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United States Department of Agriculture

Agricultural Research Service

Research Project: ENHANCING PATHOGEN DETECTION AND CROP PROTECTION IN SUGARBEET USING MOLECULAR TECHNOLOGIES

Location: Sugarbeet and Potato Research

Title: Analysis of Cercospora Beticola Mating Type Gene Structure in North Central USA

Authors
item Bolton, Melvin
item Secor, Gary -
item Campbell, Larry
item Rivera, Viviana -
item Rengifo, Judith -
item Weiland, John

Submitted to: International Congress on Molecular Plant-Microbe Interactions
Publication Type: Abstract Only
Publication Acceptance Date: June 25, 2009
Publication Date: August 31, 2009
Repository URL: http://www.ismpminet.org/meetings/abstracts/2009/p09ma64.asp
Citation: Bolton, M.D., Secor, G., Campbell, L.G., Rivera, V., Rengifo, J., Weiland, J.J. 2009. Analysis of Cercospora Beticola Mating Type Gene Structure in North Central USA [abstract.] Molecular Plant-Microbe Interactions XIV Abstracts. Available: http://www.ismpminet.org/meetings/abstracts/2009/p09ma64.asp.

Technical Abstract: Cercospora beticola Sacc. is a necrotrophic fungus that causes Cercospora leaf spot of sugarbeet (Beta vulgaris). The fungus is considered to be the most destructive foliar pathogen of sugarbeet worldwide, causing significant economic losses primarily due to reduction in sucrose concentration and root yield. Field isolates of C. beticola are well-known for high levels of variability, particularly with regard to morphological characteristics and fungicide resistance. Nonetheless, despite the diversity found in C. beticola populations, no teleomorph has been described for C. beticola. The mating type genes MAT1-1-1 and MAT1-2-1 genes of C. beticola were recently cloned and used to characterize populations in Western Europe, Iran, and New Zealand, but no such work has been carried out on North America isolates of C. beticola to our knowledge. We therefore characterized the mating type gene structure of C. beticola isolates from sugarbeet production area of north central United States. In addition, isolates were tested for sensitivity to several classes of fungicide to determine if mating type correlated with variability in fungicide sensitivity. A detailed analysis of mating type gene structure and the relationship to fungicide sensitivity will be presented.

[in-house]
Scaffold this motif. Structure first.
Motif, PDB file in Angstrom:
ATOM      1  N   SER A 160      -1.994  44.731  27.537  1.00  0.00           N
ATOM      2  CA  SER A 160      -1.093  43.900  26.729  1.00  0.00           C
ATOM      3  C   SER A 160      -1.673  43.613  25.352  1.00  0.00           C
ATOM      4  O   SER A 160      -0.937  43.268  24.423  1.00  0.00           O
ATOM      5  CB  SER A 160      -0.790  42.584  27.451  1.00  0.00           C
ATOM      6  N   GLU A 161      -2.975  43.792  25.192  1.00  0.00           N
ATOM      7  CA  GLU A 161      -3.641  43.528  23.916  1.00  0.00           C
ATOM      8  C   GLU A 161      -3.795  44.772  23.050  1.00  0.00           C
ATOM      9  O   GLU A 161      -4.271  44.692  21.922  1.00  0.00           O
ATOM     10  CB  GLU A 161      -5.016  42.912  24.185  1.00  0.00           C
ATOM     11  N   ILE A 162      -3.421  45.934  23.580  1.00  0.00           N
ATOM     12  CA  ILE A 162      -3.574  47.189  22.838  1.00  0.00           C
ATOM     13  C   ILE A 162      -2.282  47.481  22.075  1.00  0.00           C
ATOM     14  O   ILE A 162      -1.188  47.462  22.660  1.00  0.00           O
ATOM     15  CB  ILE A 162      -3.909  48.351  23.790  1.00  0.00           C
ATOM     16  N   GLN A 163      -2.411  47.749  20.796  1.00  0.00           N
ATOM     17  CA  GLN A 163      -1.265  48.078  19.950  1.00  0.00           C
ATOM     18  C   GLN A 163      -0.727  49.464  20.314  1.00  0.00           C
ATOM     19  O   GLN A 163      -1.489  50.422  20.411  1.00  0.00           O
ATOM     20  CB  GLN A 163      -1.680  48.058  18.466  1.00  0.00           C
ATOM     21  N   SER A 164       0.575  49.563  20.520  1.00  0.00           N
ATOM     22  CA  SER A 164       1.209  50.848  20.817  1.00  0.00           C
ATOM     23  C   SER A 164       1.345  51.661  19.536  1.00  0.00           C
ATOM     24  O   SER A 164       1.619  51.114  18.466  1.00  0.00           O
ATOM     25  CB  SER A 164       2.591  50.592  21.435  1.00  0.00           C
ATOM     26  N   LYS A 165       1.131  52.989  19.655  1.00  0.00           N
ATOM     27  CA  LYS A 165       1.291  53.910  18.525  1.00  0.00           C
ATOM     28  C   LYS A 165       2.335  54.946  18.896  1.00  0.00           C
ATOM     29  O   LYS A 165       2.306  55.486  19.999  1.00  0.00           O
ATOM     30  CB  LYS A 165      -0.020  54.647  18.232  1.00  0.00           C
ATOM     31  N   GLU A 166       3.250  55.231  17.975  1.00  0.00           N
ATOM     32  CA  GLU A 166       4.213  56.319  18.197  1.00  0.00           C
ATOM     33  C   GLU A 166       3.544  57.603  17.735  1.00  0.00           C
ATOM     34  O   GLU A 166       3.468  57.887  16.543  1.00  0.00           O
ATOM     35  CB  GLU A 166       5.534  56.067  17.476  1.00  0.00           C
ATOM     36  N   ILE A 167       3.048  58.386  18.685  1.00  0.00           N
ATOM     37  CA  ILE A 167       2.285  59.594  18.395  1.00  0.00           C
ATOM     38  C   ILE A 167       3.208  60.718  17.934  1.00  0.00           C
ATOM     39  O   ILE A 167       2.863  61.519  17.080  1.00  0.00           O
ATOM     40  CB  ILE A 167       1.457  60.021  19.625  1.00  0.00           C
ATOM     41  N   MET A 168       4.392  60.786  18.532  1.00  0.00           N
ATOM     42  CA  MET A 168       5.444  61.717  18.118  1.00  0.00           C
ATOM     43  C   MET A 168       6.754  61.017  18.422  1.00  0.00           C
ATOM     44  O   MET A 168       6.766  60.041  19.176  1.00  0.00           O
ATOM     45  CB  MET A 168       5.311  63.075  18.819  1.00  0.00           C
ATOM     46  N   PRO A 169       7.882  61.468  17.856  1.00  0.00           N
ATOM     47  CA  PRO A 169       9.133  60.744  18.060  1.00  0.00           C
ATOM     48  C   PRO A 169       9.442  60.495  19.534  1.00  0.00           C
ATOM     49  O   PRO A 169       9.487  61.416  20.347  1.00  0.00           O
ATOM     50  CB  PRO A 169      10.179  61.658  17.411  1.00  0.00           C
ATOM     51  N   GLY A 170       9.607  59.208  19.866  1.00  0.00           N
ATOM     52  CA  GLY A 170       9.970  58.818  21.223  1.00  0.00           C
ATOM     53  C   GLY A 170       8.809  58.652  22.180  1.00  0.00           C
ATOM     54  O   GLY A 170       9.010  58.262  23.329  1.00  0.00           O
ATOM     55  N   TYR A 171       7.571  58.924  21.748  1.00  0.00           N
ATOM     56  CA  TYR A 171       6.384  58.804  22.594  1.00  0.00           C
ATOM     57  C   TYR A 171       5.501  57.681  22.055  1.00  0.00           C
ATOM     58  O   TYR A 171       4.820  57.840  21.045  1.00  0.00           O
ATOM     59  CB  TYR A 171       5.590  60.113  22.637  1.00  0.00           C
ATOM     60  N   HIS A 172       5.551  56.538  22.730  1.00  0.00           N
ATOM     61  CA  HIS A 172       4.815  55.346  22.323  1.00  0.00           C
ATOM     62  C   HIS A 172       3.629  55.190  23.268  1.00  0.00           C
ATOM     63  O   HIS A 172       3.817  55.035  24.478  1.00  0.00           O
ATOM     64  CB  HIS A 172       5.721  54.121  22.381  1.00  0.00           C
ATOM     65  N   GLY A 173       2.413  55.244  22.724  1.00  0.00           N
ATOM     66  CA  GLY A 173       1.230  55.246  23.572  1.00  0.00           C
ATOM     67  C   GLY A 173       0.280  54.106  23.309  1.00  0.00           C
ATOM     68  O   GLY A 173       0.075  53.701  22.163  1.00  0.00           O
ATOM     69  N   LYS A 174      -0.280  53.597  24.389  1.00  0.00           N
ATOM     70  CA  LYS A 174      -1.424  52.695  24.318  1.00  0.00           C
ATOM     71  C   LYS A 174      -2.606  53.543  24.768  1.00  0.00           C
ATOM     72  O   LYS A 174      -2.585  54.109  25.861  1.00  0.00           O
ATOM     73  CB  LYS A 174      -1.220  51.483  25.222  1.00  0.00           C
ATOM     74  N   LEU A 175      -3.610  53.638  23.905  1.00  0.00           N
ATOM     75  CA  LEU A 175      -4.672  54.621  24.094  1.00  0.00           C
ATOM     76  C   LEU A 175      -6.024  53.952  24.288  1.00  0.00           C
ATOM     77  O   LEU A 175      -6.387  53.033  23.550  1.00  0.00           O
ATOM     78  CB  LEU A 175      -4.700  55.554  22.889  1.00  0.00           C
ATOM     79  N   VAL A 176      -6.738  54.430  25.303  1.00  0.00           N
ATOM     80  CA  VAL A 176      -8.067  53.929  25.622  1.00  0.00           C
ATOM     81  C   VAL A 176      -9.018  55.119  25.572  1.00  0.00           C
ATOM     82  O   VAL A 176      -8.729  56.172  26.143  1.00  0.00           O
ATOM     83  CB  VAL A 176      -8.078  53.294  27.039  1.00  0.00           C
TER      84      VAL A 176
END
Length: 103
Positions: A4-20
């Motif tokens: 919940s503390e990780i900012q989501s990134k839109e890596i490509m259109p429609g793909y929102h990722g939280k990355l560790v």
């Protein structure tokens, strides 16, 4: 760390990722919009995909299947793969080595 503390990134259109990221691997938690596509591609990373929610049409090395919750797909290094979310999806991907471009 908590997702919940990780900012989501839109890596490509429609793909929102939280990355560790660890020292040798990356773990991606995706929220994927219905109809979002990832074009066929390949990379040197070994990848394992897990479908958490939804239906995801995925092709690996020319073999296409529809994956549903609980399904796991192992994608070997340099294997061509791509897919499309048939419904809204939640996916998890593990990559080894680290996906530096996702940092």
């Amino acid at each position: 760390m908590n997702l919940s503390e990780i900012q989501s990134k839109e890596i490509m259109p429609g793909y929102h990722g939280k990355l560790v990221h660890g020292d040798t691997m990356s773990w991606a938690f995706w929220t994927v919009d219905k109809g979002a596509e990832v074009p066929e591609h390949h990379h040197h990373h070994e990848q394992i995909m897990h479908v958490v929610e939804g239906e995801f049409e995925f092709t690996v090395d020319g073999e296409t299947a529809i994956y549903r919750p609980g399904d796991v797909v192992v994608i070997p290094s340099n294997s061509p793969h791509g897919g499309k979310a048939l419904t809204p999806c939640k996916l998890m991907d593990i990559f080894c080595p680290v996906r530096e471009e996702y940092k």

Last Modified: 4/17/2014
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